Ravi was found guilty of 15 counts as a whole, including invasion of privacy and bias intimidation, which is a hate crime.
He was found not guilty of several subparts of the bias intimidation charges.
While Ravi was not charged in connection with Clementi's death, which occurred shortly after the spying, the suicide was mentioned by witnesses during the trial.
He will be sentenced on 21 May and could face up to 10 years in jail and possible deportation to India - although he has lived in the US legally since he was a young boy.
The trial heard that Ravi set up a webcam in his dormitory room in September 2010 and filmed Clementi kissing another man.
Ravi then tweeted about it and tried to catch Clementi in the act again two days later.
Prosecutors said about half a dozen students saw the video.
Days later, Clementi realised he had been filmed and leaped to his death, posting a status update on Facebook saying: "Jumping off the gw bridge, sorry."
The trial heard that Ravi had planned to "expose" Clementi's activity and that he acted purposefully and maliciously.
Prosecutors said there was abundant proof that Ravi had a problem with Clementi being gay.
But the defence argued that Ravi, a first-year student at the time, was not homophobic and was simply behaving like an immature "kid".
One of the many witnesses called during the trial included the man seen kissing Clementi, identify by his initials MB.
Ravi did not testify, but jurors watched video of police questioning him after Clementi's death.
Clementi's death was one of a string of suicides by gay youths, and the case received national attention.
Prosecutors were barred by the court from arguing that the spying had led directly to Clementi's death, while defence lawyers were prevented from saying Clementi had killed himself for other reasons.
Clementi requested his room be changed before his death, according to testimony, and he loaded Ravi's Twitter page 38 times during the last two days of his life.
One of Ravi's tweets said: "Roommate asked for the room till midnight. I went into molly's room and turned on my webcam. I saw him making out with a dude. Yay."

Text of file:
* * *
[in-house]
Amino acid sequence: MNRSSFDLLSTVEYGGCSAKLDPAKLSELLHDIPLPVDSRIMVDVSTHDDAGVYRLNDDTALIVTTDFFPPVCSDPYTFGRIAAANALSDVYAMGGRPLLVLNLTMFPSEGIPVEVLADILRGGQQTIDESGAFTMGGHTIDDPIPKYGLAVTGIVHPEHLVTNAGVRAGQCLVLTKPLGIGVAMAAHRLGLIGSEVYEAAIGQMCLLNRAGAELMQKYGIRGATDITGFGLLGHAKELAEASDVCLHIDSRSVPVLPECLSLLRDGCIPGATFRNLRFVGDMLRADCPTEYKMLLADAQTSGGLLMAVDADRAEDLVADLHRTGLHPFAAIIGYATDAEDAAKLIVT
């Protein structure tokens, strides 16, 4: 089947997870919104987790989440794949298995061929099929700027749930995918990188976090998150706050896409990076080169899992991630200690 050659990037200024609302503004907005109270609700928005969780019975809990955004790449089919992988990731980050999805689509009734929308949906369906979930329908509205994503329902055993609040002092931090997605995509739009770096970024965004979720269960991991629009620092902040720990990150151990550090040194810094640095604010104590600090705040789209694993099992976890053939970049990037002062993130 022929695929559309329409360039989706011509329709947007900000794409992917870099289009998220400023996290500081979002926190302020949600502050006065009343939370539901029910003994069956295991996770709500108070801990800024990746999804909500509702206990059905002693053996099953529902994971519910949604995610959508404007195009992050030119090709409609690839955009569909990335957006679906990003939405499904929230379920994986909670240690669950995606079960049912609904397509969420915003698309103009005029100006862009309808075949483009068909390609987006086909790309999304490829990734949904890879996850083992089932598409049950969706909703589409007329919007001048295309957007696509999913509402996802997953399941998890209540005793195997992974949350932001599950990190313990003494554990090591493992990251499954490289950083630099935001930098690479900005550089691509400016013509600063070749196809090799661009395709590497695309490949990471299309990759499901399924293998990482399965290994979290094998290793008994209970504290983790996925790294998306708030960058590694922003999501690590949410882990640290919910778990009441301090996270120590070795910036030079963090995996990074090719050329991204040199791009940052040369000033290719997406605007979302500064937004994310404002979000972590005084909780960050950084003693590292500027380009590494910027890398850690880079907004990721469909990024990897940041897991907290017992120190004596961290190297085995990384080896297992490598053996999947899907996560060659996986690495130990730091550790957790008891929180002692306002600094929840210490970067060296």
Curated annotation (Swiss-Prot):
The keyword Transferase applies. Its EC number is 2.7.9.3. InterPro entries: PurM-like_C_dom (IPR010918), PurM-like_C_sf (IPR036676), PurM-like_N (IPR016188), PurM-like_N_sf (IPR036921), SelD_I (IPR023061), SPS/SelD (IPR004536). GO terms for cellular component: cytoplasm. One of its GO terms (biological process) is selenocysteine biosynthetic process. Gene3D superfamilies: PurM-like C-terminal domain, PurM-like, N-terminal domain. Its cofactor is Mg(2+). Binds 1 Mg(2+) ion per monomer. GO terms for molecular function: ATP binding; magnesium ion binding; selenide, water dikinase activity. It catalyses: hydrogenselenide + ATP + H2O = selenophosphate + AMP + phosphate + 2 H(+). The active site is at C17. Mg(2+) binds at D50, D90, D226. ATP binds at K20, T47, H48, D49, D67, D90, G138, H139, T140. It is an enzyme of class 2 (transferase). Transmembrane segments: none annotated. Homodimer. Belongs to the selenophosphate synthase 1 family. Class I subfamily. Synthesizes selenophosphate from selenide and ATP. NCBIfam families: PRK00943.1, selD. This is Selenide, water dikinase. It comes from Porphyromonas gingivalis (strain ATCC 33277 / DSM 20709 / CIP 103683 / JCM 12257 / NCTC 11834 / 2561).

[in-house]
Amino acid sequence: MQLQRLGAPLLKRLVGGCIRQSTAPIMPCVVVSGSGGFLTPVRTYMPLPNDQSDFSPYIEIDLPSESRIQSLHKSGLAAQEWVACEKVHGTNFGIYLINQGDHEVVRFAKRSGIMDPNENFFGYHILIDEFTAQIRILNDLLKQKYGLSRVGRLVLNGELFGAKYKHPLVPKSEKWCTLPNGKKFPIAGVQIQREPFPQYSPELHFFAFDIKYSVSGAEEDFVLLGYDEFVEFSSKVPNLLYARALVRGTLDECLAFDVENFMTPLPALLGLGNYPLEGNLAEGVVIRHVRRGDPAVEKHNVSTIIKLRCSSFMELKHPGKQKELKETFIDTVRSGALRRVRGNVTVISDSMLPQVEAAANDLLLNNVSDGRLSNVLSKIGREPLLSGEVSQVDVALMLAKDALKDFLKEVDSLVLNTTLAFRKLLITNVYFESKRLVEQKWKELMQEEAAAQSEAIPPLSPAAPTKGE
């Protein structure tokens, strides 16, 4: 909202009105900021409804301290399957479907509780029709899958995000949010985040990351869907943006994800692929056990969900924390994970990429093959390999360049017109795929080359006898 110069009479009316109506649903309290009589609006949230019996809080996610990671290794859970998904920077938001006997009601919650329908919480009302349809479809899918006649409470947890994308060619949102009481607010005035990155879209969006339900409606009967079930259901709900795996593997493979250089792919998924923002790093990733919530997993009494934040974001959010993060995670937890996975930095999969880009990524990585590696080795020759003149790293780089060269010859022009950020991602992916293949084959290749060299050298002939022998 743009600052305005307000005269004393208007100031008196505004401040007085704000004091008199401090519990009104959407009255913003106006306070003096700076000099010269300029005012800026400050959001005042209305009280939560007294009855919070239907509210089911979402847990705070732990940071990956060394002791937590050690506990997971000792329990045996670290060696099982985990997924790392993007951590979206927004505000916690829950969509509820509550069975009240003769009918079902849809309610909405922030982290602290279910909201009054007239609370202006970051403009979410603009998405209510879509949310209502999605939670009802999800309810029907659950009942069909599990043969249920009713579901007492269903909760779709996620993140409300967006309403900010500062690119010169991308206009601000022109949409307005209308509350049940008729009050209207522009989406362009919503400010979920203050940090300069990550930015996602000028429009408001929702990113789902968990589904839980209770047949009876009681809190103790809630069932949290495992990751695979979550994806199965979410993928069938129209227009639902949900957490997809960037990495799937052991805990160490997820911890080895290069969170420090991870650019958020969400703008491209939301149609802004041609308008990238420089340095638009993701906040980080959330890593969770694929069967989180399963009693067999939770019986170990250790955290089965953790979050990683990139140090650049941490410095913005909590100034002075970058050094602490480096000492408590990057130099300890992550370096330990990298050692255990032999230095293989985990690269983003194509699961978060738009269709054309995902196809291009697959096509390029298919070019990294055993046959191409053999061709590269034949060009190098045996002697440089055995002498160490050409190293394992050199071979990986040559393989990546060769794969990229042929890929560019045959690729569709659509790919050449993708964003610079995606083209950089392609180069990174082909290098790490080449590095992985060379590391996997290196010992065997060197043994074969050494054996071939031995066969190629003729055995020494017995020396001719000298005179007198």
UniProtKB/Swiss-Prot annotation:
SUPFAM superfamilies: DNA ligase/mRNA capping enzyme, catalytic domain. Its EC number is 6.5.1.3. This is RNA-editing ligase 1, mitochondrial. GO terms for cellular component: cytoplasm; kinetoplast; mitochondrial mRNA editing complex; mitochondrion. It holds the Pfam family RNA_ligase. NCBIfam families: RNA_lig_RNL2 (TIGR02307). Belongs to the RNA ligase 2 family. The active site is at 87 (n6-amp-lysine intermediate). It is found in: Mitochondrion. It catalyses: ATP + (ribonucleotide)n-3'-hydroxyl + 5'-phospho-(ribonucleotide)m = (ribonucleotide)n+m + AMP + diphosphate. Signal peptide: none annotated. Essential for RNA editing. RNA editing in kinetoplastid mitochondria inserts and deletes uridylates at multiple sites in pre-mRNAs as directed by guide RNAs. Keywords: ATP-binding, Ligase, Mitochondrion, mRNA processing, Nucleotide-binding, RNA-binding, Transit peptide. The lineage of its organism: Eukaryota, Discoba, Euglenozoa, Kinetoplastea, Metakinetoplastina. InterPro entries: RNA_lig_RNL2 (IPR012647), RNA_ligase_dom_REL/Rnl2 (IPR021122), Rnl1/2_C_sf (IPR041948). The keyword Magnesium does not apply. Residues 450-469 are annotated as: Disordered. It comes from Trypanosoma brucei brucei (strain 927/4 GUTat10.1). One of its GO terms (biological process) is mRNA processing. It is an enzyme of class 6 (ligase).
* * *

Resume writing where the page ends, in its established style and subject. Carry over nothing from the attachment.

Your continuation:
In the wake of his death, New Jersey legislators passed an anti-bullying law, and Rutgers changed its housing policies in attempt to make gay students feel more comfortable.
-    BBC News
-    Photo Credit: ABC News

US-Indian student found guilty of webcam hate crime

M.I.A. in Twitter bust up with CNN’s Anderson Cooper

 
Outspoken hip-hop star M.I.A. and CNN newsman Anderson Cooper have settled their differences following a war of words via Twitter.com on Wednesday over Sri Lanka's secret war with the Tamil Tigers.
The ‘Paper Planes’ hitmaker, whose father Arul Pragasam is a leading Tamil activist, has always been vocal about the plight of her people in Sri Lanka, accusing the nation's government officials of engaging in systematic genocide.
A new British documentary chronicling the ongoing secret war and the execution of Tamil leaders and their families, which aired on Wednesday in the UK, left her calling for action and taking aim at Cooper who she claimed had misrepresented her on his news show 360.
In a series of tweets, she wrote, "Anderson Cooper called me a terrorist for speaking out, and expressed support for the SLgov (Sri Lankan government) when this (killing) was happening... thought AC (Anderson Cooper) was a fair news reporter till (sic) SL killings took place and he kept his silent! (sic) Disappointed!"
She added, "Someone should make Anderson Cooper watch it/film it and show the world what happens when respected journos (journalists) get it wrong.
"You called me a lady Tamil Tiger when I talked about Tamil civilians dying, and u (sic) printed a retraction... in 2009 u linked to a articl (article) that was written about me with false info. There was a rebuttal on ur (your) 360 site... 2 months later 1ce (once) every Tamil had been silenced including me, the SLGOV carried out the killing of 40,000 civilians."
Her rant prompted Cooper to respond via his personal Twitter account. He wrote, "You are mistaken. I never called you a terrorist. I don't even know who you are other than the lady who sang at Superbowl... You've gone from saying 'I wrote', 'I called you,' to saying my CNN show blog had a link to an article. Big difference... we link to many articles with different viewpoints, and we gave you an opportunity to respond."
He added, "I can understand your frustration if someone wrote untrue things about you, and I'm glad you were able to respond... and the brutal war in SL has not gotten enough coverage in the US, and I know that (sic) very upsetting."
The Twitter war of words ended with M.I.A. urging Cooper to watch the new Channel 4 documentary, Killing Fields: "Anderson Cooper I'm glad u understand but please watch Killing Fields because this is what I was trying to say."
-    WENN.com

M.I.A. in Twitter bust up with CNN’s Anderson Cooper